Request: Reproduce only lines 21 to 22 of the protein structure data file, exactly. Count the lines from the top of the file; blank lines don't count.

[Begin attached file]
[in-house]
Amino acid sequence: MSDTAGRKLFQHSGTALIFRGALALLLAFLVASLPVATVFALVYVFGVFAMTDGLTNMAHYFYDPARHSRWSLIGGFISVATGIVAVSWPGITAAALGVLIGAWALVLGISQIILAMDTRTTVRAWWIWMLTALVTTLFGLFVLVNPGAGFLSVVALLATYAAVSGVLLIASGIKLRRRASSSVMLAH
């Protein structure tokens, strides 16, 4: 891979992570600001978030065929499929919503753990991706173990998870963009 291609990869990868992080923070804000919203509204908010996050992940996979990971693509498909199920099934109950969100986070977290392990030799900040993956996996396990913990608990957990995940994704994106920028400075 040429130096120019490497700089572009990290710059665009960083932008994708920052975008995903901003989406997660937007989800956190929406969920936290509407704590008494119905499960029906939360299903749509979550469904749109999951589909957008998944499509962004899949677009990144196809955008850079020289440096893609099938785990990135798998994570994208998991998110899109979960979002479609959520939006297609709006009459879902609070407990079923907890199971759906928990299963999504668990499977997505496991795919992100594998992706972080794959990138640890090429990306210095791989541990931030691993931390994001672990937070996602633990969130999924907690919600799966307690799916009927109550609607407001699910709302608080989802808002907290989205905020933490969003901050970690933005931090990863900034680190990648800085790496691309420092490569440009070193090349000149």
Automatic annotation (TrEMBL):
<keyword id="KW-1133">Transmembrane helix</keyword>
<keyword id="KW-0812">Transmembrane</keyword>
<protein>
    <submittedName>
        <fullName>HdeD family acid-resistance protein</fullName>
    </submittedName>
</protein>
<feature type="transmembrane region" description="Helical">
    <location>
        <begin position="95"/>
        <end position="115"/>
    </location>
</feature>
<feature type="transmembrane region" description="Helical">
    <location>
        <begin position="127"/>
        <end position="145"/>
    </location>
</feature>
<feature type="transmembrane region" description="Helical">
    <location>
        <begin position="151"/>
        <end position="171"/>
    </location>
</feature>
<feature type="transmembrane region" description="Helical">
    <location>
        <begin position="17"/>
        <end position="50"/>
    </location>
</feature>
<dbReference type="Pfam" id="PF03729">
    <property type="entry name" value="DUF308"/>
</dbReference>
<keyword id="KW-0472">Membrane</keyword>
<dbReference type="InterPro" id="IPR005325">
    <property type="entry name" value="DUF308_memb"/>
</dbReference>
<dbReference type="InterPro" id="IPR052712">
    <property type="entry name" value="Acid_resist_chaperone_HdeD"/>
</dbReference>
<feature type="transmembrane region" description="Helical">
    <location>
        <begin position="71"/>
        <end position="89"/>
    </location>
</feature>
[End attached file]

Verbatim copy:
        <end position="145"/>
    </location>